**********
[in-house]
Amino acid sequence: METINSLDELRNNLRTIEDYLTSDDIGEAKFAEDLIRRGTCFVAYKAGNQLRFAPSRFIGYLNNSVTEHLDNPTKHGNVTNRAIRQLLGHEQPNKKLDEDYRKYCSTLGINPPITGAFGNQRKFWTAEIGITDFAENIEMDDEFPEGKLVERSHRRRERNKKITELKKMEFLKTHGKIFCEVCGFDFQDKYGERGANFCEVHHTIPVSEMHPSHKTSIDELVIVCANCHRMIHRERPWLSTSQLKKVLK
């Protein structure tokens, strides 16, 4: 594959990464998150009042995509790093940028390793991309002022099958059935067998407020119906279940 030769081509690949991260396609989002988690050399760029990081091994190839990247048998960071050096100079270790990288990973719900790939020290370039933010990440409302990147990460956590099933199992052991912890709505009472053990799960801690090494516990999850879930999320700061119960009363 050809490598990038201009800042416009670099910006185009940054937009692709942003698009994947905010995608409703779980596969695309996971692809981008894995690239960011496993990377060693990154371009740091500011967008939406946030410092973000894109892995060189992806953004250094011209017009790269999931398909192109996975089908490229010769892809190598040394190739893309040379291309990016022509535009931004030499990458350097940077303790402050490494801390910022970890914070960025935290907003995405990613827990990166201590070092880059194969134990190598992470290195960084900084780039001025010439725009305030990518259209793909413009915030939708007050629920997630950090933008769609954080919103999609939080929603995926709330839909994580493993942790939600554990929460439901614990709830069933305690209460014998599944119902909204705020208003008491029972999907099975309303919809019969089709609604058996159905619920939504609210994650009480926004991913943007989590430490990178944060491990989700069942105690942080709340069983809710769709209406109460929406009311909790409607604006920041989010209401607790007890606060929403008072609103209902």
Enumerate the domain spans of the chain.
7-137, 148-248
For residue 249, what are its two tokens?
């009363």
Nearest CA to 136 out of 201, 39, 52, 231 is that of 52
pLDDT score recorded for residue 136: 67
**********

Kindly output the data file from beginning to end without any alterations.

[in-house]
Amino acid sequence: METINSLDELRNNLRTIEDYLTSDDIGEAKFAEDLIRRGTCFVAYKAGNQLRFAPSRFIGYLNNSVTEHLDNPTKHGNVTNRAIRQLLGHEQPNKKLDEDYRKYCSTLGINPPITGAFGNQRKFWTAEIGITDFAENIEMDDEFPEGKLVERSHRRRERNKKITELKKMEFLKTHGKIFCEVCGFDFQDKYGERGANFCEVHHTIPVSEMHPSHKTSIDELVIVCANCHRMIHRERPWLSTSQLKKVLK
């Protein structure tokens, strides 16, 4: 594959990464998150009042995509790093940028390793991309002022099958059935067998407020119906279940 030769081509690949991260396609989002988690050399760029990081091994190839990247048998960071050096100079270790990288990973719900790939020290370039933010990440409302990147990460956590099933199992052991912890709505009472053990799960801690090494516990999850879930999320700061119960009363 050809490598990038201009800042416009670099910006185009940054937009692709942003698009994947905010995608409703779980596969695309996971692809981008894995690239960011496993990377060693990154371009740091500011967008939406946030410092973000894109892995060189992806953004250094011209017009790269999931398909192109996975089908490229010769892809190598040394190739893309040379291309990016022509535009931004030499990458350097940077303790402050490494801390910022970890914070960025935290907003995405990613827990990166201590070092880059194969134990190598992470290195960084900084780039001025010439725009305030990518259209793909413009915030939708007050629920997630950090933008769609954080919103999609939080929603995926709330839909994580493993942790939600554990929460439901614990709830069933305690209460014998599944119902909204705020208003008491029972999907099975309303919809019969089709609604058996159905619920939504609210994650009480926004991913943007989590430490990178944060491990989700069942105690942080709340069983809710769709209406109460929406009311909790409607604006920041989010209401607790007890606060929403008072609103209902």
Enumerate the domain spans of the chain.
7-137, 148-248
For residue 249, what are its two tokens?
């009363």
Nearest CA to 136 out of 201, 39, 52, 231 is that of 52
pLDDT score recorded for residue 136: 67